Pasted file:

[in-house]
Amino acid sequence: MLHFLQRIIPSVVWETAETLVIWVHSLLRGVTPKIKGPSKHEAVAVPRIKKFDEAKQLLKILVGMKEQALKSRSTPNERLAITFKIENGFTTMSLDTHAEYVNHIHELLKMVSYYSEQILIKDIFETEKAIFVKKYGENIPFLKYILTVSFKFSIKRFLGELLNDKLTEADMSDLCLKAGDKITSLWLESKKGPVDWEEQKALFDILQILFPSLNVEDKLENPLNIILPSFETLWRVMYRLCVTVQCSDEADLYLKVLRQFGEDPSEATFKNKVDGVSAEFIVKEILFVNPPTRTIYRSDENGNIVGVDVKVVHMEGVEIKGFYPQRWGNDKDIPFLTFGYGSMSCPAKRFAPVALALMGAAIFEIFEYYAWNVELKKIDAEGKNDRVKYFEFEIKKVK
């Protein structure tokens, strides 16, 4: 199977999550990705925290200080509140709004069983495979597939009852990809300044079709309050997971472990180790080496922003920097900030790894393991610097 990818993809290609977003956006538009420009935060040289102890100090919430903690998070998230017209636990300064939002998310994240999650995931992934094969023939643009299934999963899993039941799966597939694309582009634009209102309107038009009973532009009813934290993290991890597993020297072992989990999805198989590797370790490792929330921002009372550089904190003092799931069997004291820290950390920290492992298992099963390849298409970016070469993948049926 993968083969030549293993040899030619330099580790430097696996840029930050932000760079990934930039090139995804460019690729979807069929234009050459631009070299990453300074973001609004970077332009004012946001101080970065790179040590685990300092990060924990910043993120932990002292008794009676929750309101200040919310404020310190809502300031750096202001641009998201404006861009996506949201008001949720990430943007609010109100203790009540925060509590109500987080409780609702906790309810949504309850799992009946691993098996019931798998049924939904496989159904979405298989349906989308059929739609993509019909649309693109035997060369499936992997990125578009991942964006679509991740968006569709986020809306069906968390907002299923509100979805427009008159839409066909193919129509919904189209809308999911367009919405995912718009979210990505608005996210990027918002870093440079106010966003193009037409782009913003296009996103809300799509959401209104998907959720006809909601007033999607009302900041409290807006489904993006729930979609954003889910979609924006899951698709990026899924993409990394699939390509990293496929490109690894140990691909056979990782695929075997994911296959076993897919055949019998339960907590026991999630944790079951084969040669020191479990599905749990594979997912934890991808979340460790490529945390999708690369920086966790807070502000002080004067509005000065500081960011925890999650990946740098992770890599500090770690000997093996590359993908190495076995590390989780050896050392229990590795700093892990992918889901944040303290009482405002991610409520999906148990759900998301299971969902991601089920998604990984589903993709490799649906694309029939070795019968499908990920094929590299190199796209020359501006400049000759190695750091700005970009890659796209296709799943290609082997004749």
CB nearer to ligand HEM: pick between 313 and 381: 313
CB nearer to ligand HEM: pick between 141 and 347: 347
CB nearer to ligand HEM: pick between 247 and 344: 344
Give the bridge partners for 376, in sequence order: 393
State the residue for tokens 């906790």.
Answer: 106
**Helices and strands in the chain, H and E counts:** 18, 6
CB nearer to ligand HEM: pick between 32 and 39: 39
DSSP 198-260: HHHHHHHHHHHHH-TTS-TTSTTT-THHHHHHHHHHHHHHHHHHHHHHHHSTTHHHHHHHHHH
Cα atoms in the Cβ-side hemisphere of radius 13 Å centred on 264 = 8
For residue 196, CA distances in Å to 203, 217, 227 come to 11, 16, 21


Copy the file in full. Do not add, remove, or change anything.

[in-house]
Amino acid sequence: MLHFLQRIIPSVVWETAETLVIWVHSLLRGVTPKIKGPSKHEAVAVPRIKKFDEAKQLLKILVGMKEQALKSRSTPNERLAITFKIENGFTTMSLDTHAEYVNHIHELLKMVSYYSEQILIKDIFETEKAIFVKKYGENIPFLKYILTVSFKFSIKRFLGELLNDKLTEADMSDLCLKAGDKITSLWLESKKGPVDWEEQKALFDILQILFPSLNVEDKLENPLNIILPSFETLWRVMYRLCVTVQCSDEADLYLKVLRQFGEDPSEATFKNKVDGVSAEFIVKEILFVNPPTRTIYRSDENGNIVGVDVKVVHMEGVEIKGFYPQRWGNDKDIPFLTFGYGSMSCPAKRFAPVALALMGAAIFEIFEYYAWNVELKKIDAEGKNDRVKYFEFEIKKVK
């Protein structure tokens, strides 16, 4: 199977999550990705925290200080509140709004069983495979597939009852990809300044079709309050997971472990180790080496922003920097900030790894393991610097 990818993809290609977003956006538009420009935060040289102890100090919430903690998070998230017209636990300064939002998310994240999650995931992934094969023939643009299934999963899993039941799966597939694309582009634009209102309107038009009973532009009813934290993290991890597993020297072992989990999805198989590797370790490792929330921002009372550089904190003092799931069997004291820290950390920290492992298992099963390849298409970016070469993948049926 993968083969030549293993040899030619330099580790430097696996840029930050932000760079990934930039090139995804460019690729979807069929234009050459631009070299990453300074973001609004970077332009004012946001101080970065790179040590685990300092990060924990910043993120932990002292008794009676929750309101200040919310404020310190809502300031750096202001641009998201404006861009996506949201008001949720990430943007609010109100203790009540925060509590109500987080409780609702906790309810949504309850799992009946691993098996019931798998049924939904496989159904979405298989349906989308059929739609993509019909649309693109035997060369499936992997990125578009991942964006679509991740968006569709986020809306069906968390907002299923509100979805427009008159839409066909193919129509919904189209809308999911367009919405995912718009979210990505608005996210990027918002870093440079106010966003193009037409782009913003296009996103809300799509959401209104998907959720006809909601007033999607009302900041409290807006489904993006729930979609954003889910979609924006899951698709990026899924993409990394699939390509990293496929490109690894140990691909056979990782695929075997994911296959076993897919055949019998339960907590026991999630944790079951084969040669020191479990599905749990594979997912934890991808979340460790490529945390999708690369920086966790807070502000002080004067509005000065500081960011925890999650990946740098992770890599500090770690000997093996590359993908190495076995590390989780050896050392229990590795700093892990992918889901944040303290009482405002991610409520999906148990759900998301299971969902991601089920998604990984589903993709490799649906694309029939070795019968499908990920094929590299190199796209020359501006400049000759190695750091700005970009890659796209296709799943290609082997004749």
CB nearer to ligand HEM: pick between 313 and 381: 313
CB nearer to ligand HEM: pick between 141 and 347: 347
CB nearer to ligand HEM: pick between 247 and 344: 344
Give the bridge partners for 376, in sequence order: 393
State the residue for tokens 């906790």.
Answer: 106
**Helices and strands in the chain, H and E counts:** 18, 6
CB nearer to ligand HEM: pick between 32 and 39: 39
DSSP 198-260: HHHHHHHHHHHHH-TTS-TTSTTT-THHHHHHHHHHHHHHHHHHHHHHHHSTTHHHHHHHHHH
Cα atoms in the Cβ-side hemisphere of radius 13 Å centred on 264 = 8
For residue 196, CA distances in Å to 203, 217, 227 come to 11, 16, 21